Euro 2012 – Irish Fans Sing The Fields of Athenry
Ireland played Spain in their second group C match at the Euro 2012 finals in Gdansk in Poland on Thursday 14th June. The Irish were played off the park and did well to keep the final score down to 4-0. Two goals from Fernando Torres and one each from David Silva and Cesc Fabregas were enough to ensure that Ireland would not progress to the knockout stages of the competition. Added to a 3-1 loss in the opening match against Croatia, this meant that even a win against Italy in the third match would not be enough to prolong the Irish experience at Euro 2012
The Irish fans in the PGE Arena fully realised that their Euro 2012 dreams had been dashed by the superb Spanish performance but nevertheless they remained loyal to their team. With just a few minutes left in the match and with a heavy defeat an inevitability, the thousands of Irish supporters around the ground began to sing the Irish folk ballad The Fields of Athenry.
It was a poignant, prolonged, and spine-tingling tribute from the fantastic Irish supporters to their fallen heroes on the pitch. The fans continued with their resounding rendition of the classic Irish sporting anthem even after the final whistle. Irish fans from every part of the stadium joined in the lusty singing. The singing began in the 86th minute and it took less than two minutes for the momentum to reach a level that subdued all other noise in the stadium. When the TV commentators in the stadium realised what was happening many of them stopped their regular commentary to allow the viewers to take in what was happening.
The YouTube video below captures part of the rendition by the Irish fans.
Video of Irish Fans Singing the Fields of Athenry at Euro 2012
Roy Keane Hit’s a Discordant Note
Speaking on ITV on the night of the match, football pundit Roy Keane lashed out at the Irish team and the fans following their 4-0 thrashing by Spain. Keane was reacting to a post match interview with Irish midfielder Keith Andrews who said: “You can hear the fans, they’re an absolute credit to their country and the team and unfortunately we haven’t been able to give them what they deserve.”
Keane retorted: “We’re a small country, we’re up against it, but let’s not just go along for the sing-song every now and again.”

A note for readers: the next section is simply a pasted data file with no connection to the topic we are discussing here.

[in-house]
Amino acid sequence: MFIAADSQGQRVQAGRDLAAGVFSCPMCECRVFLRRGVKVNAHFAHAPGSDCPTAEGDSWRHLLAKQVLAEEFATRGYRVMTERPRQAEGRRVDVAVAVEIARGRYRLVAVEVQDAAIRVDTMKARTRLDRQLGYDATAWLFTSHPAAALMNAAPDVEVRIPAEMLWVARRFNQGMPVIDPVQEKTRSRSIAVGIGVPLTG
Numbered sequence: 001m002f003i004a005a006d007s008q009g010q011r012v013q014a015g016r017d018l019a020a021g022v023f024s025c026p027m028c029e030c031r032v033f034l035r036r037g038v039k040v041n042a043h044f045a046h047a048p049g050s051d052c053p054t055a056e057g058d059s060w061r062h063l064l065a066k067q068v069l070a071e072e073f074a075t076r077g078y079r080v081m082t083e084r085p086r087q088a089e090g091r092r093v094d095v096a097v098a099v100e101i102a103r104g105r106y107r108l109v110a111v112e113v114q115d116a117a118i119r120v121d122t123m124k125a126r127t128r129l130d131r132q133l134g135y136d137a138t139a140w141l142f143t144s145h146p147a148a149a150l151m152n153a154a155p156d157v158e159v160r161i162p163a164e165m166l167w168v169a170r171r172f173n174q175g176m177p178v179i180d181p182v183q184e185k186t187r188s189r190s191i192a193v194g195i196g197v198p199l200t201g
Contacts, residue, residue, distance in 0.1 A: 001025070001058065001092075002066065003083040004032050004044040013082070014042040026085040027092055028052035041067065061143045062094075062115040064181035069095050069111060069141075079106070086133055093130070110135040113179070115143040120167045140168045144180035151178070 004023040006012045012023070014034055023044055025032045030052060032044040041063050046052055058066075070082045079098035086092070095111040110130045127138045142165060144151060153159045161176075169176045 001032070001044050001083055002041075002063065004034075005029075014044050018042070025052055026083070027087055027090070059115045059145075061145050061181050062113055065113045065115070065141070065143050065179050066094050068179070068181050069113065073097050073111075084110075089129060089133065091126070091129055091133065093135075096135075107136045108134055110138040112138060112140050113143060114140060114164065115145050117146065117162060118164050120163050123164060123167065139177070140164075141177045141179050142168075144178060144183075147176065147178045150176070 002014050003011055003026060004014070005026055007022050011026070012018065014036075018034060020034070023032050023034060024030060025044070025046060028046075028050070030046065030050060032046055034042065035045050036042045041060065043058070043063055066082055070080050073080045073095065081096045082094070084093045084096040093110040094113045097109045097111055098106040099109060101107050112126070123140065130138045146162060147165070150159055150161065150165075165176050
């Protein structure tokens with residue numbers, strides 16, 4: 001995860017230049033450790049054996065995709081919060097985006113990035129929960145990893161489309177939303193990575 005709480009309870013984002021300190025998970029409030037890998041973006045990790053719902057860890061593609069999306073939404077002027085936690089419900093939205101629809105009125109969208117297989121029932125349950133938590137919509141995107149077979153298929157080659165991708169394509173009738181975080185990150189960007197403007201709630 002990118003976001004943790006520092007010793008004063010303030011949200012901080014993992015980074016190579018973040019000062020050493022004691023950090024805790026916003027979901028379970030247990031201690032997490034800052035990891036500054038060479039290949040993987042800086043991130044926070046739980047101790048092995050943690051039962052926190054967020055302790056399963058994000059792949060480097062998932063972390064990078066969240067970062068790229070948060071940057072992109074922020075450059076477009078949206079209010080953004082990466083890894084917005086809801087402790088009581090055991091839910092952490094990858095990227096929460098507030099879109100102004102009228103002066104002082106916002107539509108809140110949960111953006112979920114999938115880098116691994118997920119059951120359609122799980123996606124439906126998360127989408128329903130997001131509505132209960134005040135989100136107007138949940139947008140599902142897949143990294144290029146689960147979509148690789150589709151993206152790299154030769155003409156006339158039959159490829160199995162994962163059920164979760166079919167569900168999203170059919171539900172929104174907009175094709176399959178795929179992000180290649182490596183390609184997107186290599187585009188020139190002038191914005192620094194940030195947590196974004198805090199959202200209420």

“I think the players and even the supporters, they all have to change their mentality, it’s just nonsense from players speaking after the games about how great the supporters are.”
“To praise the supporters for the sake of it… Let’s change that attitude towards Irish supporters.”
Sporting Anthem The Fields of Athenry
The Fields of Athenry is an Irish folk ballad that was written by Pete St John. Contrary to popular belief the ballad is relatively modern having been written in the 1970’s. It is set during the Great Irish Famine in the mid-1800’s about a man who was transported to Botany Bay in Australia for stealing food for his starving family. The lyrics of the song say that the man, named Michael, “stole Trevelyan’s corn”. This refers to British civil servant, Charles Edward Trevelyan, who was part of the administration of the Lord Lieutenant of Ireland. Trevelyan believed that the starving Irish peasantry could exist on maize, a grain that they had no knowledge of or experience in preparing.
The song is routinely sung at many Irish sporting occasions having been adopted by Republic of Ireland supporters during the 1990 World Cup. The Fields of Athenry is also associated with the Munster, Connacht, and the Ireland rugby union teams. An adapted version, The Fields of Anfield Road, is sung by Liverpool FC supporters and supporters of Celtic in Scotland also sing the original version.
Click on these links to find the lyrics to The Fields of Athenry and biographical information about Pete St John.
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